Tuesday, March 11, 2014
By KJ DELL-ANTONIA
(Continued from page 1)
When we explore the question of what mothers and fathers want from the workplace, we need to consider all the assumptions we bring to those seemingly simple questions.
Rampell also writes that one of the goals of her work is to consider how books like Sheryl Sandberg's "Lean In: Women, Work, and the Will to Lead" apply to middle-class women. Rampell's profile of Uttech succeeds. After all, here is someone who, when the lack of after-school care threatened her ability to work full time, helped "persuade her children's school to start an affordable after-school program ($2.50 per half-hour for the first child; $1.25 per half-hour for each additional sibling), which allowed her to continue working full time rather than dart out for pickup by 3:15, or pay to have them bused to a day-care center across town."
When she thought her family would benefit from her spending more time at home, she asked for what she needed -- the flexibility to work at home on Fridays during the summer -- and once she proved she could make it work, she asked that it be extended year-round.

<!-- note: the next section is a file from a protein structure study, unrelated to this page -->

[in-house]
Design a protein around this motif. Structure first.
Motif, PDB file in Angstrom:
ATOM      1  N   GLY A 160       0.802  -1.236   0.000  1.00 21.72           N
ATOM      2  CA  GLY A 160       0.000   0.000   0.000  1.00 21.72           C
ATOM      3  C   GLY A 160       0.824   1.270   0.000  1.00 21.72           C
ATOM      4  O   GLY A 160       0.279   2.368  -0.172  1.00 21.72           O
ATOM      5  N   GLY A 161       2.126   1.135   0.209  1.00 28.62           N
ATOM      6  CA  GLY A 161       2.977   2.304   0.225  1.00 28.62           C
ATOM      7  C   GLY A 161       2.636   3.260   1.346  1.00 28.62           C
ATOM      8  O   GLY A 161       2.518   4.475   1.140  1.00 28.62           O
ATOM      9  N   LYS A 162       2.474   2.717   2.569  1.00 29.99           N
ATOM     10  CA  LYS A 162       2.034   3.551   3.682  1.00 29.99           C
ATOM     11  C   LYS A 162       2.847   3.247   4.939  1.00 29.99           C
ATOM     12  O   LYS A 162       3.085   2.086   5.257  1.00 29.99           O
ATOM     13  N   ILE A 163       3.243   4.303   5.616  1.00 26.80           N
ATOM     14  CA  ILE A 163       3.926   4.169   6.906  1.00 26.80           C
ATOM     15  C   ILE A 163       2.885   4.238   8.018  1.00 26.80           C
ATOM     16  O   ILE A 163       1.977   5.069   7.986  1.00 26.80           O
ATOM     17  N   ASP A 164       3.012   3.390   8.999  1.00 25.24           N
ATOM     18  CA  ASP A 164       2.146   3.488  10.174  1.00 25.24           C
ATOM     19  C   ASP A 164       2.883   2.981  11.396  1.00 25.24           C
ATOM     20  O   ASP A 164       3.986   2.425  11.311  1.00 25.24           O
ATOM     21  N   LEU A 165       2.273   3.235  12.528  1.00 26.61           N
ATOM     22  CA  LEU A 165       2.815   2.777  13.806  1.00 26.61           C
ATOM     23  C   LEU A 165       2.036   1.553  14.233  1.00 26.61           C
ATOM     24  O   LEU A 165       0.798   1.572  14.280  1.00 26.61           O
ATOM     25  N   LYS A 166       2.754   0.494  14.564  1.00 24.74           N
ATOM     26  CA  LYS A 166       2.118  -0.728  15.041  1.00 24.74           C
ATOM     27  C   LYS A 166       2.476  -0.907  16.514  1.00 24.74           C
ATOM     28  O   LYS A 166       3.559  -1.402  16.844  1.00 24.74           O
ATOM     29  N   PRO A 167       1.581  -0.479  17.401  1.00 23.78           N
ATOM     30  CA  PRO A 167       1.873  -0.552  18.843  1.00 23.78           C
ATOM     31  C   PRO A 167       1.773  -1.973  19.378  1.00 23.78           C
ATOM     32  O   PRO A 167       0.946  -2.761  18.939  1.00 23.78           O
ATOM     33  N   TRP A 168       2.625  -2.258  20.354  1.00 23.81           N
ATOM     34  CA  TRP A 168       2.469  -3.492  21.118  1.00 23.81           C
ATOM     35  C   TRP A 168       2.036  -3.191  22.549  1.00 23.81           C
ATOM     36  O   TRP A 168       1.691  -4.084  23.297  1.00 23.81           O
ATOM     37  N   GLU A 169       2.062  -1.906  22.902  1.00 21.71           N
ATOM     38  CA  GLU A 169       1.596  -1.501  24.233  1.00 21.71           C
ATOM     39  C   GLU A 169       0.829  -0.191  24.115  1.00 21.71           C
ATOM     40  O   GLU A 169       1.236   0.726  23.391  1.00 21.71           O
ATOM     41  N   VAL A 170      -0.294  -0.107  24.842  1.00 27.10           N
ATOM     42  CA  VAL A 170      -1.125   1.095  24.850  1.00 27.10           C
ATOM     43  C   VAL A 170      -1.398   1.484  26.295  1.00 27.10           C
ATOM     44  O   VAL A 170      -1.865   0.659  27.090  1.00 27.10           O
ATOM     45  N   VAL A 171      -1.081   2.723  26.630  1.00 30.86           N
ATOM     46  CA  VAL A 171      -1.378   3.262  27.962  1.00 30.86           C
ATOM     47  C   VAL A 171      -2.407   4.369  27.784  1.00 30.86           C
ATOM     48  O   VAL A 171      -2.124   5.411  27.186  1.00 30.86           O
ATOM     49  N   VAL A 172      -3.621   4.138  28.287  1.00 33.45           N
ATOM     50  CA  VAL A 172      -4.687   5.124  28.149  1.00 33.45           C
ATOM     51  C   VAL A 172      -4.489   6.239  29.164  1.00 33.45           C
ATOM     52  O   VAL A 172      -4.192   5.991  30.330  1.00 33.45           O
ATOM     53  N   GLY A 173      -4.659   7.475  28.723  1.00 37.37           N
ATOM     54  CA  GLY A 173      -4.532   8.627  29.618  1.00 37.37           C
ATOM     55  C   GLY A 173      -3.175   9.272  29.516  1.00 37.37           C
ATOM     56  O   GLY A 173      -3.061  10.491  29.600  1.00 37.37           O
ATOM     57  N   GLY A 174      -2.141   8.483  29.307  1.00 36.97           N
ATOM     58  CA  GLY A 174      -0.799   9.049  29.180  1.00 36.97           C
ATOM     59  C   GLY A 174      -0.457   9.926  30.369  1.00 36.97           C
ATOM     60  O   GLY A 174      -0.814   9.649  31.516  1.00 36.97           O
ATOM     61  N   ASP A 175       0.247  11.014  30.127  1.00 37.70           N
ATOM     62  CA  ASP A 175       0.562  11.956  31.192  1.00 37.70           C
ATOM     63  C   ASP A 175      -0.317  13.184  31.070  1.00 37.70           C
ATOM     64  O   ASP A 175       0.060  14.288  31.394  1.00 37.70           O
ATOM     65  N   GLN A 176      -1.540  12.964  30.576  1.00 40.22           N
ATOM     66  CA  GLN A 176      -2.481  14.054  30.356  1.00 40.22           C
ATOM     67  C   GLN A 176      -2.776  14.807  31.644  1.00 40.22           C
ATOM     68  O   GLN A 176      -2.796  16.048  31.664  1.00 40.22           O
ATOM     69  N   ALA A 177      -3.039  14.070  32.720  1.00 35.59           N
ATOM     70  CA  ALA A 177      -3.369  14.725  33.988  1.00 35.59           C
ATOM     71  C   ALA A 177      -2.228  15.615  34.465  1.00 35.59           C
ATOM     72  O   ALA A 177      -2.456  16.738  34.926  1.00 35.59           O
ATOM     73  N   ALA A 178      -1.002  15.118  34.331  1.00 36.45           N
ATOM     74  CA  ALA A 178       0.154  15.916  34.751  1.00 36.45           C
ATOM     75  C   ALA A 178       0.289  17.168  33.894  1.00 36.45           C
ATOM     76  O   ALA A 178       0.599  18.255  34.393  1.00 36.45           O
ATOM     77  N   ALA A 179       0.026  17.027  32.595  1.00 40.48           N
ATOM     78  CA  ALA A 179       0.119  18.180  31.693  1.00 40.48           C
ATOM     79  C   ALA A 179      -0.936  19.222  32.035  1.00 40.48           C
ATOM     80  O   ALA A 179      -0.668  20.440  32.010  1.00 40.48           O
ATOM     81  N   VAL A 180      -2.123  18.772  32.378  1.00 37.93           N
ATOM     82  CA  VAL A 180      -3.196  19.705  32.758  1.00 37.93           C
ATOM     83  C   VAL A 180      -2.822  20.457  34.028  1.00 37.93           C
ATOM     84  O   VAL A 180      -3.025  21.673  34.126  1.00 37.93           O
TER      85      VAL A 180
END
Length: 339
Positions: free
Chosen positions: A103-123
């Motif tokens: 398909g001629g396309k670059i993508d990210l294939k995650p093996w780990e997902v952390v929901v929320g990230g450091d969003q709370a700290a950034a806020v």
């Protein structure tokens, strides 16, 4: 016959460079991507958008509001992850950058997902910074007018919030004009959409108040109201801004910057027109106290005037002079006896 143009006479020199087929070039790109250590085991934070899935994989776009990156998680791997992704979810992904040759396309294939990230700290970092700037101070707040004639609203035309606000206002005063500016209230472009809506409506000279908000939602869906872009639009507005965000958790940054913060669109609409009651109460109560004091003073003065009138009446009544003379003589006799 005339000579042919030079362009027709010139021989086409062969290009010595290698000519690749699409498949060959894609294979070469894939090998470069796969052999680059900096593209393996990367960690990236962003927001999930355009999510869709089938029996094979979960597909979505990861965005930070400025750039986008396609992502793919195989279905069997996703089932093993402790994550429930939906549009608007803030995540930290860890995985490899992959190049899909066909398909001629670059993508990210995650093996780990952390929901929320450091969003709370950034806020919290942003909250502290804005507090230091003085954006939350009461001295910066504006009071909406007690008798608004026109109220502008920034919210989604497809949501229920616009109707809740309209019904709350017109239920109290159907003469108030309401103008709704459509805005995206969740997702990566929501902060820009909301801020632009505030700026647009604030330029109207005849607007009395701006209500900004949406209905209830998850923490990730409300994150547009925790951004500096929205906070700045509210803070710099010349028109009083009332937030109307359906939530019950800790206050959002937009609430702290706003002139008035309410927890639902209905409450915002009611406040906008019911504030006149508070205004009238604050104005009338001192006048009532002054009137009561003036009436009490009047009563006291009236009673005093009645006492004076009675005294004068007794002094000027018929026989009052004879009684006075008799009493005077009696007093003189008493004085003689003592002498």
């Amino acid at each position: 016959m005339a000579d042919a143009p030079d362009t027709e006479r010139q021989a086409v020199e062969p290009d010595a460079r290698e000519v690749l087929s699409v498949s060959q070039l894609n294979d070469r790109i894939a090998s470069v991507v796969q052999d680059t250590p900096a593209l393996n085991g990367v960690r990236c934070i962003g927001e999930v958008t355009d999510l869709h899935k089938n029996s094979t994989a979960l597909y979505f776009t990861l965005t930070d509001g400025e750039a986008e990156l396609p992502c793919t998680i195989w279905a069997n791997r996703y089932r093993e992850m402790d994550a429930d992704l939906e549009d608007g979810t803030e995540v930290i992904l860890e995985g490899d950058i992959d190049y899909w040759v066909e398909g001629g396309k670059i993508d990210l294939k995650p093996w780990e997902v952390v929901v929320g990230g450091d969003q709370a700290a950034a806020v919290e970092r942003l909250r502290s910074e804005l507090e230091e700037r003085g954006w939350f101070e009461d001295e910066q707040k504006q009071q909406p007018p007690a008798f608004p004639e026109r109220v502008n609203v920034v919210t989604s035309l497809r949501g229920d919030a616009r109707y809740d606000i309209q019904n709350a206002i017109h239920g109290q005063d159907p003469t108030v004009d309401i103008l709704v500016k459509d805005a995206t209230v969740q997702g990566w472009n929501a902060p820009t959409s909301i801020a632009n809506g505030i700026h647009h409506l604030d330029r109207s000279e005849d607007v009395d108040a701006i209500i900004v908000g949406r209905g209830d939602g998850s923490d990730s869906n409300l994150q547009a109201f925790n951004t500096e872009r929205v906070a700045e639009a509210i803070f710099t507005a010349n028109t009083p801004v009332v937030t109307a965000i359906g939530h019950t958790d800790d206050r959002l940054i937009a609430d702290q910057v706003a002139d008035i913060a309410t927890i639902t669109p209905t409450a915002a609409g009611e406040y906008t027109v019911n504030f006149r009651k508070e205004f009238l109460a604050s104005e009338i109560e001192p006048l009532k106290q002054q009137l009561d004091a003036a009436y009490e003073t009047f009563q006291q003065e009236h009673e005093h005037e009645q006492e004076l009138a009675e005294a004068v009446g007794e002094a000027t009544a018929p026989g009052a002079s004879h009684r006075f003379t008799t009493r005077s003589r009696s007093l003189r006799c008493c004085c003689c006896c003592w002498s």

By doing so, she became a pioneer for her organization's now formal work-at-home arrangement, which allows several other employees to work remotely full time.
And now, as her children grow older, she is "raising her hand to travel more for trade shows and conferences" and planning to do more to promote her career while keeping the flexibility she prizes.
As Rampell writes: "Not everyone aspires to be an executive at Facebook, like Sandberg, or to set foreign policy, like Anne-Marie Slaughter" (sh'es the author of "Why Women Can't Have It All"). But striving for flexibility and balance and striving at work are not mutually exclusive.
Uttech's situation may not be everyone's ideal, but finding -- and asking for -- what's ideal for each of us at all of our different stages is an ideal all of its own.
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